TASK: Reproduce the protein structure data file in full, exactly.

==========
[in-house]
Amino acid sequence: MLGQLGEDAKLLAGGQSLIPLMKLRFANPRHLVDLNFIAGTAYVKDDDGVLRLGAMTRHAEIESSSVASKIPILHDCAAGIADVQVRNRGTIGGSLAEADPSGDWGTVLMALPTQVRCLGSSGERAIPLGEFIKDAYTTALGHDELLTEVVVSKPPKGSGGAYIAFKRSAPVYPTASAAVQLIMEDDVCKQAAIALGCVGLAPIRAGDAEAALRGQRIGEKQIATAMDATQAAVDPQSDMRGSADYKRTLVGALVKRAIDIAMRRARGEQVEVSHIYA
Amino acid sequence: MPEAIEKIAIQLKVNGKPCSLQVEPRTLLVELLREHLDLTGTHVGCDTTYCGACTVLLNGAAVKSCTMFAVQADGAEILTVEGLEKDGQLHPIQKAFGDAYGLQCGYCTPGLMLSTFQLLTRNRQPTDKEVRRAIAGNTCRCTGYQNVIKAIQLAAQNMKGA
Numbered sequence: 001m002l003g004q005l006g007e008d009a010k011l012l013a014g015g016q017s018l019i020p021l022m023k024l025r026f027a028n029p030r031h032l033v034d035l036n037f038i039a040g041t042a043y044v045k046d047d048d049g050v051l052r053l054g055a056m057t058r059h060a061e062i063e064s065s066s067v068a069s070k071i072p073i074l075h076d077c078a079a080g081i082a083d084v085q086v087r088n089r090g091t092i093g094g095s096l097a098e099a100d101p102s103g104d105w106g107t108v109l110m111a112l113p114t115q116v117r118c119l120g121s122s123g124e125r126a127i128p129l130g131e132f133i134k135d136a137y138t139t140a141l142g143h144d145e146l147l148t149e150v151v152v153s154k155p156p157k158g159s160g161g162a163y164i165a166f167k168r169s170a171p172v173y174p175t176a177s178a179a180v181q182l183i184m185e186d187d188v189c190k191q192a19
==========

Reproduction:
[in-house]
Amino acid sequence: MLGQLGEDAKLLAGGQSLIPLMKLRFANPRHLVDLNFIAGTAYVKDDDGVLRLGAMTRHAEIESSSVASKIPILHDCAAGIADVQVRNRGTIGGSLAEADPSGDWGTVLMALPTQVRCLGSSGERAIPLGEFIKDAYTTALGHDELLTEVVVSKPPKGSGGAYIAFKRSAPVYPTASAAVQLIMEDDVCKQAAIALGCVGLAPIRAGDAEAALRGQRIGEKQIATAMDATQAAVDPQSDMRGSADYKRTLVGALVKRAIDIAMRRARGEQVEVSHIYA
Amino acid sequence: MPEAIEKIAIQLKVNGKPCSLQVEPRTLLVELLREHLDLTGTHVGCDTTYCGACTVLLNGAAVKSCTMFAVQADGAEILTVEGLEKDGQLHPIQKAFGDAYGLQCGYCTPGLMLSTFQLLTRNRQPTDKEVRRAIAGNTCRCTGYQNVIKAIQLAAQNMKGA
Numbered sequence: 001m002l003g004q005l006g007e008d009a010k011l012l013a014g015g016q017s018l019i020p021l022m023k024l025r026f027a028n029p030r031h032l033v034d035l036n037f038i039a040g041t042a043y044v045k046d047d048d049g050v051l052r053l054g055a056m057t058r059h060a061e062i063e064s065s066s067v068a069s070k071i072p073i074l075h076d077c078a079a080g081i082a083d084v085q086v087r088n089r090g091t092i093g094g095s096l097a098e099a100d101p102s103g104d105w106g107t108v109l110m111a112l113p114t115q116v117r118c119l120g121s122s123g124e125r126a127i128p129l130g131e132f133i134k135d136a137y138t139t140a141l142g143h144d145e146l147l148t149e150v151v152v153s154k155p156p157k158g159s160g161g162a163y164i165a166f167k168r169s170a171p172v173y174p175t176a177s178a179a180v181q182l183i184m185e186d187d188v189c190k191q192a19